The application of Islamic business ethics needs flexibility and consideration of

different contextual and situational factors. This is a significant challenge in
establishing an effective and practical Islamic business ethics system.

Multi-level Islamic ethics framework
Although religious ethics and especially Islamic ethics are sometimes considered as
idealistic, it was found that there is no significant difference in idealism or relativism

between Muslims and other religious groups (Cornwell et al., 2005). The fact that
Muslims were able to build up a strong civilization and control international trade for
centuries supports the idea that Islam does not enforce an idealistic view on life and
ethics; rather Muslims were successfully practical because of the room of flexibility
and adaptability in Islamic ethics.

Flexibility and adaptability of Islamic ethics are part of the dynamism of Shari’a.
Also, they can be supported by one of the fundamental concepts in Islamic theology;
levels of religion (Deen). According to the famous Hadith known as Hadith Jibril, there
are three levels of religion (Deen); Islam, Iman and Ihsan. The first level Islam is
concerned with obeying the instructions and teachings of Allah (the God). The second
level Iman is concerned with strengthening believes and values in one’s heart. While
the third and ultimate level Ihsan is concerned with living a spiritual experience by god
watching in every single action. Muslims have different levels of ethical awareness
and commitment according to the richness and depth of their religious experience
(level of religion).

Frederick Carney (1983) has proposed that any religious ethic consists of an
obligation, a virtue and a value component (Carney, 1983 cited in Moad, 2007). Moad

(2007) proposed that the three levels of religion in Islam “Islam, Iman and Ihsan
represent what Carney calls the obligation, value and virtue components, respectively,
of the Islamic ethic” (Moad, 2007). Based on that, we can conclude that Muslims can
have different levels of ethical awareness and commitment according to their level of
religious experience. This approach of different ethical levels is also supported

by Shari’a objectives as defined by Usol Al-fiqh scholars. Shari’a objectives were
grouped into three categories: essentials (Daroriyyat), complimentary (Hajiyyat) and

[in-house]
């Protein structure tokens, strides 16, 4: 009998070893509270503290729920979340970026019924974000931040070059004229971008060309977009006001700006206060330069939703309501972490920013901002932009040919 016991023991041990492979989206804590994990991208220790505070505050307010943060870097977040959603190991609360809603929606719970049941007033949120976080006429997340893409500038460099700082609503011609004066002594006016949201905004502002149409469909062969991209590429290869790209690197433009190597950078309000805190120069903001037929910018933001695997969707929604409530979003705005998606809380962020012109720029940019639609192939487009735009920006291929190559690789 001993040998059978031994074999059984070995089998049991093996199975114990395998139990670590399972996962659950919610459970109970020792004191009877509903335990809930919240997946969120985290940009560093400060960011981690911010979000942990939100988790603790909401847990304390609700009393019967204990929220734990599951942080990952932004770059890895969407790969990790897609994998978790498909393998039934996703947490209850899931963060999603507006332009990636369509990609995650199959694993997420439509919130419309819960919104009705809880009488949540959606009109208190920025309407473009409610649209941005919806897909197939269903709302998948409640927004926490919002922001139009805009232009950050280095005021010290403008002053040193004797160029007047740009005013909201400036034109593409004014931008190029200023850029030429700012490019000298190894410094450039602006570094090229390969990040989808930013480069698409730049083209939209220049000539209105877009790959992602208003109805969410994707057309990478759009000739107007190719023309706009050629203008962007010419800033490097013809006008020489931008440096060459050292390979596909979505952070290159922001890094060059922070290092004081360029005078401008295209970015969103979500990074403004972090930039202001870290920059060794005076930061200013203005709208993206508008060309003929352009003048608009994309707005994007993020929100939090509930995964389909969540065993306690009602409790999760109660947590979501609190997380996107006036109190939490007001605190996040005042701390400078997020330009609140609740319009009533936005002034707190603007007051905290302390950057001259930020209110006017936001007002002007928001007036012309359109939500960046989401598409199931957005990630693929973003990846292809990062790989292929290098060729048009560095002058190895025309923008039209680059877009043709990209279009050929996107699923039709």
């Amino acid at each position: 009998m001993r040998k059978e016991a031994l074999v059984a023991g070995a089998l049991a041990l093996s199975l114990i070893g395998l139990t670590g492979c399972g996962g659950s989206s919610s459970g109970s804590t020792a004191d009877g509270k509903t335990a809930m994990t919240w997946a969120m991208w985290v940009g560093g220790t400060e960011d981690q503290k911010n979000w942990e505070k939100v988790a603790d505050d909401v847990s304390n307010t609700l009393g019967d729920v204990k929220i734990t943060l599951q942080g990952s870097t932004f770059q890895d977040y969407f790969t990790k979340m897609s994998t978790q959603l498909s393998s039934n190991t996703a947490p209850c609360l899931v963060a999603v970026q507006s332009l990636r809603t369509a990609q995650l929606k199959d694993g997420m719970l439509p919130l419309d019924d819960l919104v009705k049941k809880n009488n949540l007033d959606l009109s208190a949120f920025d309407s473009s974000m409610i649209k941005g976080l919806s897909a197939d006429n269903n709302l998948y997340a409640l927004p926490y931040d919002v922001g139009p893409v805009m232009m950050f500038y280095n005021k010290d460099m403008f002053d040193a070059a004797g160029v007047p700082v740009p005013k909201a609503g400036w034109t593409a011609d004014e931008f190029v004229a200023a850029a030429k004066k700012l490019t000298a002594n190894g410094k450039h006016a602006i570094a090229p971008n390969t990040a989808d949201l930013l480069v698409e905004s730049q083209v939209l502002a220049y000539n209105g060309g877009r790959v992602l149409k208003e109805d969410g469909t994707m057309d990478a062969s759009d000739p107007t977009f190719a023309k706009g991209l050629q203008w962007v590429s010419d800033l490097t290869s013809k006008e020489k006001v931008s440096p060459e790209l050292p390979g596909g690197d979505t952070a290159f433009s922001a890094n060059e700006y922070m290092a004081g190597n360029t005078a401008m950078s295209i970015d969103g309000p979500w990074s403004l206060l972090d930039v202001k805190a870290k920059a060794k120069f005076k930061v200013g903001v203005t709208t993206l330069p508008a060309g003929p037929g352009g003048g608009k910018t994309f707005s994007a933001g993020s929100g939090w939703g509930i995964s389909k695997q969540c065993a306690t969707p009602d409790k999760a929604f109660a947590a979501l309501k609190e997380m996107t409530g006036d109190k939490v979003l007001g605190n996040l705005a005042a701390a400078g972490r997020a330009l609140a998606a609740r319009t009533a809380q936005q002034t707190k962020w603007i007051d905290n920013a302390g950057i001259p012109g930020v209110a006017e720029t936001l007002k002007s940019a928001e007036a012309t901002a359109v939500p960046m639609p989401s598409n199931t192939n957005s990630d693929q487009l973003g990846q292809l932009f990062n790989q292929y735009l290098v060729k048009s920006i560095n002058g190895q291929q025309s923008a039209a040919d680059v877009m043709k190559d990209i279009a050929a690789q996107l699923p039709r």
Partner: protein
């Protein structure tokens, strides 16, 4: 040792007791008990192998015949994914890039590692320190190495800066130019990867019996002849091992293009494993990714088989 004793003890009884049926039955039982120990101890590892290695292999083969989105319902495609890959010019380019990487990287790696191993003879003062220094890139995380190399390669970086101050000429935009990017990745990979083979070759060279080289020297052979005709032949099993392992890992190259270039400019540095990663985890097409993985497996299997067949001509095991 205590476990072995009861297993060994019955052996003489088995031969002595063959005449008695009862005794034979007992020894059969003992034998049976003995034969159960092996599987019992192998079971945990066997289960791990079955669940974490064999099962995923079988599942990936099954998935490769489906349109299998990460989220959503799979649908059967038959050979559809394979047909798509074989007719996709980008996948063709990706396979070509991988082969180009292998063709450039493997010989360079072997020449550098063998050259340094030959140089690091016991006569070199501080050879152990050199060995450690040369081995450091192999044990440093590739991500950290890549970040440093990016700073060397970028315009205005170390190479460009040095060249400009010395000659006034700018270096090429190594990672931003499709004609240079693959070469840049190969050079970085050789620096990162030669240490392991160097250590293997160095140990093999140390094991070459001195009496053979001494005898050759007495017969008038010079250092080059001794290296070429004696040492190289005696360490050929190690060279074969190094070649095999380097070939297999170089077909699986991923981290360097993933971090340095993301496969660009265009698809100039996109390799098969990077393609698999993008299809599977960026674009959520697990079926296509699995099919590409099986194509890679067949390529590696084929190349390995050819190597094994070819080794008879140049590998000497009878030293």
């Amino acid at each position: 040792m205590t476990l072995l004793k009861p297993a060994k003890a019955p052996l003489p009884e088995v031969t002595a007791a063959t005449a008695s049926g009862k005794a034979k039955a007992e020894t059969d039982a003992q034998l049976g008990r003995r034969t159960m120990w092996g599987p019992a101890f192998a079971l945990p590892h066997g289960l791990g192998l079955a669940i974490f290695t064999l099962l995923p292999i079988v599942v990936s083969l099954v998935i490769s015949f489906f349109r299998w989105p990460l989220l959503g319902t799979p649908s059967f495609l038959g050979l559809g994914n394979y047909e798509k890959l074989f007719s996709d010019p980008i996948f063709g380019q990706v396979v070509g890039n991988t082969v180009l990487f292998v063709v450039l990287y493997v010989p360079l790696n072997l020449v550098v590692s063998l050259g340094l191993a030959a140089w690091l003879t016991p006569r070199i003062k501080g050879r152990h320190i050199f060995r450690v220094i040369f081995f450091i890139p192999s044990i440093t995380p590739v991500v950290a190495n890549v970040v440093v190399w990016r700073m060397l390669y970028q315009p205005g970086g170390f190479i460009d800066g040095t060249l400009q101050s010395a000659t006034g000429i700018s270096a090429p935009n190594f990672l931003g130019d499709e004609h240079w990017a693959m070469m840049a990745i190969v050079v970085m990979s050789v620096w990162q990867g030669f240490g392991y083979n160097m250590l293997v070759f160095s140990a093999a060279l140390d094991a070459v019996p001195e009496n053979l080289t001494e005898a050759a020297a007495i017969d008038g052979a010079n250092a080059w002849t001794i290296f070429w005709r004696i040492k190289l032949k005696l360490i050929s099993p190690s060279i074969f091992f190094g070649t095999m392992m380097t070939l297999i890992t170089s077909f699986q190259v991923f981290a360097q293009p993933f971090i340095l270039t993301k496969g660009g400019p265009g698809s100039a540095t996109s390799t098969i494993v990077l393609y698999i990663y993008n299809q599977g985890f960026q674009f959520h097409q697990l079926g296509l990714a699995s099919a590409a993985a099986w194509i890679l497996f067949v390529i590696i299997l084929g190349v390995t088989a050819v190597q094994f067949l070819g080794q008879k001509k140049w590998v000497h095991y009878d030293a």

embellishment (Tahsiniyyat) (Hallaq, 2004; Kamali, 1991 cited in Abdallah, 2010). We
can easily find the link between these three levels of Shari’a objectives and the levels
of religion and ethics components. Another support for the multi-level approach can be
found in the normative theories of ethics; “normative theories of ethics are traditionally
classified into three main categories: deontological ethics, consequentialist ethics
and virtue ethics” ( Jonsson, 2011). In deontological ethics, ethical judgment is constant
for any action, in other words, any action is either right or wrong because of its
intrinsic nature. While in consequentialist ethics, the rightness of any action depends
on its consequences rather than its intrinsic nature, so a certain action can be right in a
given context and wrong in another context based on its consequences. Virtue ethics
theory is more holistic; it does not judge every action as right or wrong, rather it looks
at ethics as a living experience for those who have an ethical personality. Islamic ethics
system “can be conceived as being a synthesis between deontological, consequentialist
and virtue ethics theories” (Abdallah, 2010). Islamic ethics consist of some clear rules

on rights and wrongs (deontology, obligation, Islam level), general guidelines that help
Muslims to decide what is right and wrong by themselves (consequentialism, values,

Iman level) and motivation and inspiration of Muslims toward moral living based
on spiritual experience (virtue theory, virtue component, Ihsan level). We should state
that this paper is not aiming to provide a comprehensive and solid explanation of

the religious concepts of Islam, Iman and Ihsan, which are essential concepts in Islamic
theology and they should not be limited to their ethical implications only. The proposed
multi-level Islamic ethics framework is illustrated in Table I.

Based on the proposed framework, the application of Islamic ethics should consider
the fact of different levels of ethical awareness and commitment among Muslims, and
find a way to meet the different needs of Muslims.

Halal regulation and certification
Whether a product is Halal or not is a critical factor in Muslims consumption decisions.
Therefore, Halal regulation and certification was developed to help consumers
identifying products, which comply with the Islamic principles. Already in the 1970s,
first efforts were made to set up a system declaring and certifying food products as
Halal. In this time, western fast food chains started entering the uprising Muslim
countries and naturally, those restaurants were not always applying Islamic standards
in their food production. Besides, more and more international food brands appeared in
the markets of Muslim countries and likewise pushed the matter of Halal certification